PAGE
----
You can read about my discovery of the ancient Japanese tool that inspired the drawing for Kuwa in the Portfolio section of this site. I was invited to visit my Alma Mater, California College of Art in Oakland and I decided to try to “hot mold blow” a big 3-D version of the sketch.
I first made a clay model from the drawing and then made a three piece, bolt-together plaster mold from the clay. I then cast a couple of wax “blanks” and added fiber textures using burlap. The wax model was then invested in a one-piece refractory (plaster and sand) mold and the wax was steamed out. I drove the 100+ pound mold to Oakland and we loaded it into a kiln and heated it slowly over night to about 1000 degrees.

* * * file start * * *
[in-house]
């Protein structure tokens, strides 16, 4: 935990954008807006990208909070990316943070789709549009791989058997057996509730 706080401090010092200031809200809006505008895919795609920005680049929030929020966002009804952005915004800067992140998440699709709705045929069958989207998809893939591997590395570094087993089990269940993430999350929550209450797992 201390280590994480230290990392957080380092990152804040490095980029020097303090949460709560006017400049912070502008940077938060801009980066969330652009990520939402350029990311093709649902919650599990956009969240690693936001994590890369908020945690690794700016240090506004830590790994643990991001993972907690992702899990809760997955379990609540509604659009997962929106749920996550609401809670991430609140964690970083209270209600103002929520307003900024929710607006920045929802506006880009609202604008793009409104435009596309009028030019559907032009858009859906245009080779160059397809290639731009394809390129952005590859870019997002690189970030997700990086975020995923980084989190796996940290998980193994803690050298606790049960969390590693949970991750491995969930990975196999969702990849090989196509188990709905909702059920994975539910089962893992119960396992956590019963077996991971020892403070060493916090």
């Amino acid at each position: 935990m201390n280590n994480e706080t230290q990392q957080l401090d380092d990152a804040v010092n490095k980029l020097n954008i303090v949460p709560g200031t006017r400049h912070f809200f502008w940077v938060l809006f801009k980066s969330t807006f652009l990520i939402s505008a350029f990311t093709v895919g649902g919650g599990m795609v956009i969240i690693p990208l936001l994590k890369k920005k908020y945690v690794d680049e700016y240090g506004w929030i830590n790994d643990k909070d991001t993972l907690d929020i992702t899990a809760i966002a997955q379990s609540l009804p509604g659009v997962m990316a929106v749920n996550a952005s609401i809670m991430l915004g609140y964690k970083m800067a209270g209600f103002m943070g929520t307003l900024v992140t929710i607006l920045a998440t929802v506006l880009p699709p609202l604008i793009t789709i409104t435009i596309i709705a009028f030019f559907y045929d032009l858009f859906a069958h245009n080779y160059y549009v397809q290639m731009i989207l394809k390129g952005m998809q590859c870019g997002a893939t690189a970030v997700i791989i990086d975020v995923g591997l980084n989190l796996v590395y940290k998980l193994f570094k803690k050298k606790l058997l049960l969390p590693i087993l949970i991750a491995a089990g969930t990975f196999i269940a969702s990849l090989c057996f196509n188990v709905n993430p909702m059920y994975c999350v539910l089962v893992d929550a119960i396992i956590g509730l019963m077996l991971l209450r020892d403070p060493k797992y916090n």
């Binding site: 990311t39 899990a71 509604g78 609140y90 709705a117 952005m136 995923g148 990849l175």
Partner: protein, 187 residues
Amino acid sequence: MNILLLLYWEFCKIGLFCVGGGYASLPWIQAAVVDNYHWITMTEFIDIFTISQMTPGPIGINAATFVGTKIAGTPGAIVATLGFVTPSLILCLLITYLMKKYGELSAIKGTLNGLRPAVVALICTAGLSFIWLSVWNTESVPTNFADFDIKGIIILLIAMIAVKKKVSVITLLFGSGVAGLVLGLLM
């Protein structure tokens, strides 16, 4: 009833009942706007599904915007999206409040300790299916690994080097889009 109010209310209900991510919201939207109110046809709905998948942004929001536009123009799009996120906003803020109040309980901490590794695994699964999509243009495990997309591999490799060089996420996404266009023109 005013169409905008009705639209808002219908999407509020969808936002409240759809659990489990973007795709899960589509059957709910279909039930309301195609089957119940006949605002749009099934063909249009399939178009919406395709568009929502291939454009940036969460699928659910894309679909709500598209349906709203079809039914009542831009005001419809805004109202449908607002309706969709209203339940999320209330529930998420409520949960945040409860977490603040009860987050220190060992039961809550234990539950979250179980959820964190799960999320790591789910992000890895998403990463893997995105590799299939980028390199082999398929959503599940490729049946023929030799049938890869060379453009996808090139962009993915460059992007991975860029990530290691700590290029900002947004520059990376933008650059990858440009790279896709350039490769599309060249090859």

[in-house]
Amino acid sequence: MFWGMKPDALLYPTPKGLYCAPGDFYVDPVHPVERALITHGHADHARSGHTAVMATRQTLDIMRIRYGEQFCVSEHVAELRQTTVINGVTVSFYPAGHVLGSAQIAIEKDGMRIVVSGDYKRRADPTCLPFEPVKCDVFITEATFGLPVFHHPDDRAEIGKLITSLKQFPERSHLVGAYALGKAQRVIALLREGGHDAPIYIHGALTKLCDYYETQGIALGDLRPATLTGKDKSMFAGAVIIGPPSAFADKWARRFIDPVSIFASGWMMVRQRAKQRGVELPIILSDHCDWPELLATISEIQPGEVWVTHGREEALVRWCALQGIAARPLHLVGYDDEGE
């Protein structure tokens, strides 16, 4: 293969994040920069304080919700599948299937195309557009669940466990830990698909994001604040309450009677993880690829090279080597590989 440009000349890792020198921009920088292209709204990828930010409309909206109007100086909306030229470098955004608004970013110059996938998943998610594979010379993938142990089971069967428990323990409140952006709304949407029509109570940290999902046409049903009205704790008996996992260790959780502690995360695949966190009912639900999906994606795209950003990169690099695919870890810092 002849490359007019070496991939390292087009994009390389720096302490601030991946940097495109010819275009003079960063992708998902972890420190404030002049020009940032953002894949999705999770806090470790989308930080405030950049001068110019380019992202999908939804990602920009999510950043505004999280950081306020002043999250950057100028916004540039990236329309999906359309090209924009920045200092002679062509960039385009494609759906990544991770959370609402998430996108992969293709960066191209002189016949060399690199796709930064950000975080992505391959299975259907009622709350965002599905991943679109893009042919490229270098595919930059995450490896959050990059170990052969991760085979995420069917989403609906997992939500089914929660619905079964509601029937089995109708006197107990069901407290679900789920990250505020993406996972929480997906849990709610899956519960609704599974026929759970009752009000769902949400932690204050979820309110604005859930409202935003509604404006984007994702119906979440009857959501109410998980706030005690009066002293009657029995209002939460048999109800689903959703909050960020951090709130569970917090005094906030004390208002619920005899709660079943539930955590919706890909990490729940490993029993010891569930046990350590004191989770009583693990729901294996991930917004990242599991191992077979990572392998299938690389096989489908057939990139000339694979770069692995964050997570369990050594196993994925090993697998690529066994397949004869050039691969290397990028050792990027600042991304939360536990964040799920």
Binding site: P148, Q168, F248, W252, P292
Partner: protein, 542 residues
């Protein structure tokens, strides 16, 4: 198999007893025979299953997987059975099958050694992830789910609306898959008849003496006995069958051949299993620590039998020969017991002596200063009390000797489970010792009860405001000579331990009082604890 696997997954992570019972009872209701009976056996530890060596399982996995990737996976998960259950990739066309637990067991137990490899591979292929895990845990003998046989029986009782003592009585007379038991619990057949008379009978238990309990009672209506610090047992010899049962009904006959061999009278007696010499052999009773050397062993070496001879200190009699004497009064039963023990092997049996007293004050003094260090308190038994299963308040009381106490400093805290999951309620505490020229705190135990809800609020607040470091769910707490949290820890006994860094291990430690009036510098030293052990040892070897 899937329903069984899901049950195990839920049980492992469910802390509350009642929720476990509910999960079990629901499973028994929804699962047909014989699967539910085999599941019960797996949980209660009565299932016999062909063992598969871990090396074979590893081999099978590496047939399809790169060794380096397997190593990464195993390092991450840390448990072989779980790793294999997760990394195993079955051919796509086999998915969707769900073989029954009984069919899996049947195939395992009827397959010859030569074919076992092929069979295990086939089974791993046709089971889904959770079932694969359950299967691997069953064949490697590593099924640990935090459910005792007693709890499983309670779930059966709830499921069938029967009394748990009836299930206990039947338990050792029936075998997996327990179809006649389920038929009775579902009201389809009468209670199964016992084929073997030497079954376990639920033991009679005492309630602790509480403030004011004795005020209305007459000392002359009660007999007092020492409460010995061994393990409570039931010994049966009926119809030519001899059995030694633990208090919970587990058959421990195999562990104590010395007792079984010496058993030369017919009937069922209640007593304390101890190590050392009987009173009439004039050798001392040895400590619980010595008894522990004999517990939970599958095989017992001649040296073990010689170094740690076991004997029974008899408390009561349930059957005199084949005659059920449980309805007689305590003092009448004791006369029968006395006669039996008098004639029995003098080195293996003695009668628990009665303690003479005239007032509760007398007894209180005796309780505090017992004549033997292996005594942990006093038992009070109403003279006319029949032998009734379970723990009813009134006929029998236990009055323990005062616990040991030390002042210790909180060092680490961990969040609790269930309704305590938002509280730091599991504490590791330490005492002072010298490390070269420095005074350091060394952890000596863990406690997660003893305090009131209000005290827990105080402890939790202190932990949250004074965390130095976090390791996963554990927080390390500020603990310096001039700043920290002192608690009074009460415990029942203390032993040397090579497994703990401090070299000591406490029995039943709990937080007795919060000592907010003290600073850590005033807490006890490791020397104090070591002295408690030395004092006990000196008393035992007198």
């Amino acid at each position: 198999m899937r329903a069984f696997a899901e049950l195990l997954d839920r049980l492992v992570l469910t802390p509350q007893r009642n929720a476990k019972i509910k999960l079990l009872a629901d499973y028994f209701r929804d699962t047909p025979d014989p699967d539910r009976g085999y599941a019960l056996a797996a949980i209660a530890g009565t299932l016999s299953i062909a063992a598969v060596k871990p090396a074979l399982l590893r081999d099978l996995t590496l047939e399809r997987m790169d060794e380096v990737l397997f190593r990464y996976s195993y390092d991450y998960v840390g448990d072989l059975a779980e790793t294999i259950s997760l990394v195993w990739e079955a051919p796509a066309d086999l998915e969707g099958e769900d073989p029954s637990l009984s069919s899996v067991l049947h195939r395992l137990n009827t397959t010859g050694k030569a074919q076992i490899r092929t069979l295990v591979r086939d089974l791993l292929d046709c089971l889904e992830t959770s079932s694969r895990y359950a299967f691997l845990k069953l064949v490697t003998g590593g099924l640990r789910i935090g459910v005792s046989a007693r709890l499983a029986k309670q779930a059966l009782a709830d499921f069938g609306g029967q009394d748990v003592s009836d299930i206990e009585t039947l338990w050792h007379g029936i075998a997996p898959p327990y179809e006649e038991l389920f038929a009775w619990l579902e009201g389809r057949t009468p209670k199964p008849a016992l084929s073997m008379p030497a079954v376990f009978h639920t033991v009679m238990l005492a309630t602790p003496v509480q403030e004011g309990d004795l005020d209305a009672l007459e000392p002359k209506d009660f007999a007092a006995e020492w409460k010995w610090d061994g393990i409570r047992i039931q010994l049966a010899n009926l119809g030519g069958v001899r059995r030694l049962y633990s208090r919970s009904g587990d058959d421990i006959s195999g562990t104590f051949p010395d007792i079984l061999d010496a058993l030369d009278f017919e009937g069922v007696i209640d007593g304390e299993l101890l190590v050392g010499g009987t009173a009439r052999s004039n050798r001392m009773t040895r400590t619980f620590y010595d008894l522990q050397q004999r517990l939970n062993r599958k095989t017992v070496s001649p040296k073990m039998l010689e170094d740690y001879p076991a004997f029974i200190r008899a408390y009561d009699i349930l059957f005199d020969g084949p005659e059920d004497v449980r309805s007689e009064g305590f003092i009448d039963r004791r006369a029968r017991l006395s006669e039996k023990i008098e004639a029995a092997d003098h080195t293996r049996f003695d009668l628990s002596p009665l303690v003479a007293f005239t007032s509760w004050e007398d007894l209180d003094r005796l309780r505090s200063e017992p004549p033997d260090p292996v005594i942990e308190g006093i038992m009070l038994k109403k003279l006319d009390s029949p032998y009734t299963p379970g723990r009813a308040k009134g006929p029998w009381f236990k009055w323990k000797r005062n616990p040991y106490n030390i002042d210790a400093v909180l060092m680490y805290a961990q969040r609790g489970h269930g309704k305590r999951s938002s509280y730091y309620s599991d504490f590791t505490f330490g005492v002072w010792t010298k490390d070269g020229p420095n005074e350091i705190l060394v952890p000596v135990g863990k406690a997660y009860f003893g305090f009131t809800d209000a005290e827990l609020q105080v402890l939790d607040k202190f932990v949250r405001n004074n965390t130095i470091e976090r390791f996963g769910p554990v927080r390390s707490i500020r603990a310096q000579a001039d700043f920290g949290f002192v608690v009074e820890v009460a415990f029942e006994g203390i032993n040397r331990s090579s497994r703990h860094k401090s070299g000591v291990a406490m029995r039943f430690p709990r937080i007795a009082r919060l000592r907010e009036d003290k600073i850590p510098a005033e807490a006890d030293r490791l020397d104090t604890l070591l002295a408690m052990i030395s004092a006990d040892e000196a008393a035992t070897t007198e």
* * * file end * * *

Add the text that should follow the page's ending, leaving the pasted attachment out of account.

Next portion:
The students in the glass program assisted me in gathering about thirty pounds of glass and shaping the bubble to just fit into the opening at the top of the mold. With plenty of help,
the bubble was heated to “barely controllable” and slowly lowered into the mold. The kiln was still at 1000 degrees so this required lots of assistance and heat shielding! The bubble was blown into the mold cavity using lung power and a compressed air hose. Many thanks to CCA Professor, Pamina Traylor and her students for this, one of the largest pieces I have ever blown! The beauty of this process is you get almost as much surface detail in the finished piece as you would by casting a solid piece, but depending on the thickness of the bubble, the wall thickness in the finished piece is only about 1/4 to 1/2 inch and the weight is much, much less!
I went back to LA with the piece in the annealing oven at CCA. What a treat to have it delivered, in great condition, to my office at Cal State Fullerton a few weeks later (thank you Matt Szosz!). I made the rest of the piece by laminating and shaping plywood, and clad the whole thing with thick copper sheet and brass nails.